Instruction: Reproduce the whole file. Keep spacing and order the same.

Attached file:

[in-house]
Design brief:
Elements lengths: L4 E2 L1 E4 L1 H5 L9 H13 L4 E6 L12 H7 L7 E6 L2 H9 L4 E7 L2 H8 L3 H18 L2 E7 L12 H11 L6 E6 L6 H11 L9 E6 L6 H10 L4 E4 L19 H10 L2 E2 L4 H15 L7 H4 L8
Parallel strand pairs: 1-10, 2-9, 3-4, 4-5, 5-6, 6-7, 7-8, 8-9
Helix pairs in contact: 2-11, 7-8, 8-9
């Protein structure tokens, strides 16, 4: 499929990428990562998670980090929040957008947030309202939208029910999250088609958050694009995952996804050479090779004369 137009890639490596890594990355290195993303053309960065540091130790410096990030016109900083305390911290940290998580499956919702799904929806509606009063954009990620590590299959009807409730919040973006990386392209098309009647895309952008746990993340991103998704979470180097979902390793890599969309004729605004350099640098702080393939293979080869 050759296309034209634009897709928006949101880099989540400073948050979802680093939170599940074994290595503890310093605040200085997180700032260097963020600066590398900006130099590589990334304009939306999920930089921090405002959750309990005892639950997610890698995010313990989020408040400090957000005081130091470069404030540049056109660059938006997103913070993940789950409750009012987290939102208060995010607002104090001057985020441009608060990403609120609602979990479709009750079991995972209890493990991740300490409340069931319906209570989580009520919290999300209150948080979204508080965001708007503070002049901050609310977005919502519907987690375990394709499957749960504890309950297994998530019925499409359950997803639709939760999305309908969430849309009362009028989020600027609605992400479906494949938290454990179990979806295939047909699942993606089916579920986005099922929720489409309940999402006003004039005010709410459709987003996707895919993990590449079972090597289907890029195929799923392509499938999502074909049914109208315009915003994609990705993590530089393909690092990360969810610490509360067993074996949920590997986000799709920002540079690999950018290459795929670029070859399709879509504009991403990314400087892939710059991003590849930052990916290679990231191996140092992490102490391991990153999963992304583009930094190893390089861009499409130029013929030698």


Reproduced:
[in-house]
Design brief:
Elements lengths: L4 E2 L1 E4 L1 H5 L9 H13 L4 E6 L12 H7 L7 E6 L2 H9 L4 E7 L2 H8 L3 H18 L2 E7 L12 H11 L6 E6 L6 H11 L9 E6 L6 H10 L4 E4 L19 H10 L2 E2 L4 H15 L7 H4 L8
Parallel strand pairs: 1-10, 2-9, 3-4, 4-5, 5-6, 6-7, 7-8, 8-9
Helix pairs in contact: 2-11, 7-8, 8-9
């Protein structure tokens, strides 16, 4: 499929990428990562998670980090929040957008947030309202939208029910999250088609958050694009995952996804050479090779004369 137009890639490596890594990355290195993303053309960065540091130790410096990030016109900083305390911290940290998580499956919702799904929806509606009063954009990620590590299959009807409730919040973006990386392209098309009647895309952008746990993340991103998704979470180097979902390793890599969309004729605004350099640098702080393939293979080869 050759296309034209634009897709928006949101880099989540400073948050979802680093939170599940074994290595503890310093605040200085997180700032260097963020600066590398900006130099590589990334304009939306999920930089921090405002959750309990005892639950997610890698995010313990989020408040400090957000005081130091470069404030540049056109660059938006997103913070993940789950409750009012987290939102208060995010607002104090001057985020441009608060990403609120609602979990479709009750079991995972209890493990991740300490409340069931319906209570989580009520919290999300209150948080979204508080965001708007503070002049901050609310977005919502519907987690375990394709499957749960504890309950297994998530019925499409359950997803639709939760999305309908969430849309009362009028989020600027609605992400479906494949938290454990179990979806295939047909699942993606089916579920986005099922929720489409309940999402006003004039005010709410459709987003996707895919993990590449079972090597289907890029195929799923392509499938999502074909049914109208315009915003994609990705993590530089393909690092990360969810610490509360067993074996949920590997986000799709920002540079690999950018290459795929670029070859399709879509504009991403990314400087892939710059991003590849930052990916290679990231191996140092992490102490391991990153999963992304583009930094190893390089861009499409130029013929030698």